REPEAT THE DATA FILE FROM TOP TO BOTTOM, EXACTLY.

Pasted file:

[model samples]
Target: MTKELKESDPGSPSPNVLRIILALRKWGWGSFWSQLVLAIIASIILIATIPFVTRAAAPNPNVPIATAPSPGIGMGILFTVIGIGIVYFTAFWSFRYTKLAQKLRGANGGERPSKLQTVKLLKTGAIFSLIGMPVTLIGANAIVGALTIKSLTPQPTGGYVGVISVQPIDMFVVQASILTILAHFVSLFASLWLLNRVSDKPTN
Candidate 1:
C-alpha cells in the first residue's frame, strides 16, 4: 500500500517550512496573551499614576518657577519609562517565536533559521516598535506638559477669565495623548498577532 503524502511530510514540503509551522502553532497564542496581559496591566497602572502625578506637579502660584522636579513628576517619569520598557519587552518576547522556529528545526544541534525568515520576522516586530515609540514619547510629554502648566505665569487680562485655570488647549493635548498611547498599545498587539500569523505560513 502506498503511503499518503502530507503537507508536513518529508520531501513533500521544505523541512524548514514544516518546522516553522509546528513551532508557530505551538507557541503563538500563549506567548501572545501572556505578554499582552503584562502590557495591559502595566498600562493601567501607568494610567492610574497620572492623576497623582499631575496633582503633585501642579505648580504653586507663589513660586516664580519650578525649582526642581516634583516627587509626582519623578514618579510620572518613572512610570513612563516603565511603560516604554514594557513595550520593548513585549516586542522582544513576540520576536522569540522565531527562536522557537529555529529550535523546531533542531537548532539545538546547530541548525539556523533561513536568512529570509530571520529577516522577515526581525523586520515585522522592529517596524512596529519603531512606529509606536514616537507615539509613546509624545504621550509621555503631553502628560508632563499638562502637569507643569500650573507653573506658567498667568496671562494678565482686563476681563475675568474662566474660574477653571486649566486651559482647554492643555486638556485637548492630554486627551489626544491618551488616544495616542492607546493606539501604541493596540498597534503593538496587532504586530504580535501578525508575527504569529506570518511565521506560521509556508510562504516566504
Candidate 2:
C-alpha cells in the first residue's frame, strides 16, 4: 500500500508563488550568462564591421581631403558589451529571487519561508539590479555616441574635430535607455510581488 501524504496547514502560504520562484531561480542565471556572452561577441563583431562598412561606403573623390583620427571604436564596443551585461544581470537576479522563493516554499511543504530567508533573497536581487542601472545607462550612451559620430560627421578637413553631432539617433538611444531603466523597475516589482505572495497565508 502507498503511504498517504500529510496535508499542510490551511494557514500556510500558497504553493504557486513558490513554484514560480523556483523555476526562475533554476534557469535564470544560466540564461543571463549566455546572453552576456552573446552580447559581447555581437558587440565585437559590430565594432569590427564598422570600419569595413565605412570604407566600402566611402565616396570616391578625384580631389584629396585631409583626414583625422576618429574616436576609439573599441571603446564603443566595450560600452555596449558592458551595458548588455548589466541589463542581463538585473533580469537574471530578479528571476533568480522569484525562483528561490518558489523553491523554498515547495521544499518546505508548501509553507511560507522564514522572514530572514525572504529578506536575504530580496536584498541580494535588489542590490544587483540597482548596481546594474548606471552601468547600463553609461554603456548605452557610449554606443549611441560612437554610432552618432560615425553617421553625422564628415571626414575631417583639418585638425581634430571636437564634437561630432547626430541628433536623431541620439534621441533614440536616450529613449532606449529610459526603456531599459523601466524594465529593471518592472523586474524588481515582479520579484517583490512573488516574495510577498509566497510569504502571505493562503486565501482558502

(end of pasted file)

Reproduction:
[model samples]
Target: MTKELKESDPGSPSPNVLRIILALRKWGWGSFWSQLVLAIIASIILIATIPFVTRAAAPNPNVPIATAPSPGIGMGILFTVIGIGIVYFTAFWSFRYTKLAQKLRGANGGERPSKLQTVKLLKTGAIFSLIGMPVTLIGANAIVGALTIKSLTPQPTGGYVGVISVQPIDMFVVQASILTILAHFVSLFASLWLLNRVSDKPTN
Candidate 1:
C-alpha cells in the first residue's frame, strides 16, 4: 500500500517550512496573551499614576518657577519609562517565536533559521516598535506638559477669565495623548498577532 503524502511530510514540503509551522502553532497564542496581559496591566497602572502625578506637579502660584522636579513628576517619569520598557519587552518576547522556529528545526544541534525568515520576522516586530515609540514619547510629554502648566505665569487680562485655570488647549493635548498611547498599545498587539500569523505560513 502506498503511503499518503502530507503537507508536513518529508520531501513533500521544505523541512524548514514544516518546522516553522509546528513551532508557530505551538507557541503563538500563549506567548501572545501572556505578554499582552503584562502590557495591559502595566498600562493601567501607568494610567492610574497620572492623576497623582499631575496633582503633585501642579505648580504653586507663589513660586516664580519650578525649582526642581516634583516627587509626582519623578514618579510620572518613572512610570513612563516603565511603560516604554514594557513595550520593548513585549516586542522582544513576540520576536522569540522565531527562536522557537529555529529550535523546531533542531537548532539545538546547530541548525539556523533561513536568512529570509530571520529577516522577515526581525523586520515585522522592529517596524512596529519603531512606529509606536514616537507615539509613546509624545504621550509621555503631553502628560508632563499638562502637569507643569500650573507653573506658567498667568496671562494678565482686563476681563475675568474662566474660574477653571486649566486651559482647554492643555486638556485637548492630554486627551489626544491618551488616544495616542492607546493606539501604541493596540498597534503593538496587532504586530504580535501578525508575527504569529506570518511565521506560521509556508510562504516566504
Candidate 2:
C-alpha cells in the first residue's frame, strides 16, 4: 500500500508563488550568462564591421581631403558589451529571487519561508539590479555616441574635430535607455510581488 501524504496547514502560504520562484531561480542565471556572452561577441563583431562598412561606403573623390583620427571604436564596443551585461544581470537576479522563493516554499511543504530567508533573497536581487542601472545607462550612451559620430560627421578637413553631432539617433538611444531603466523597475516589482505572495497565508 502507498503511504498517504500529510496535508499542510490551511494557514500556510500558497504553493504557486513558490513554484514560480523556483523555476526562475533554476534557469535564470544560466540564461543571463549566455546572453552576456552573446552580447559581447555581437558587440565585437559590430565594432569590427564598422570600419569595413565605412570604407566600402566611402565616396570616391578625384580631389584629396585631409583626414583625422576618429574616436576609439573599441571603446564603443566595450560600452555596449558592458551595458548588455548589466541589463542581463538585473533580469537574471530578479528571476533568480522569484525562483528561490518558489523553491523554498515547495521544499518546505508548501509553507511560507522564514522572514530572514525572504529578506536575504530580496536584498541580494535588489542590490544587483540597482548596481546594474548606471552601468547600463553609461554603456548605452557610449554606443549611441560612437554610432552618432560615425553617421553625422564628415571626414575631417583639418585638425581634430571636437564634437561630432547626430541628433536623431541620439534621441533614440536616450529613449532606449529610459526603456531599459523601466524594465529593471518592472523586474524588481515582479520579484517583490512573488516574495510577498509566497510569504502571505493562503486565501482558502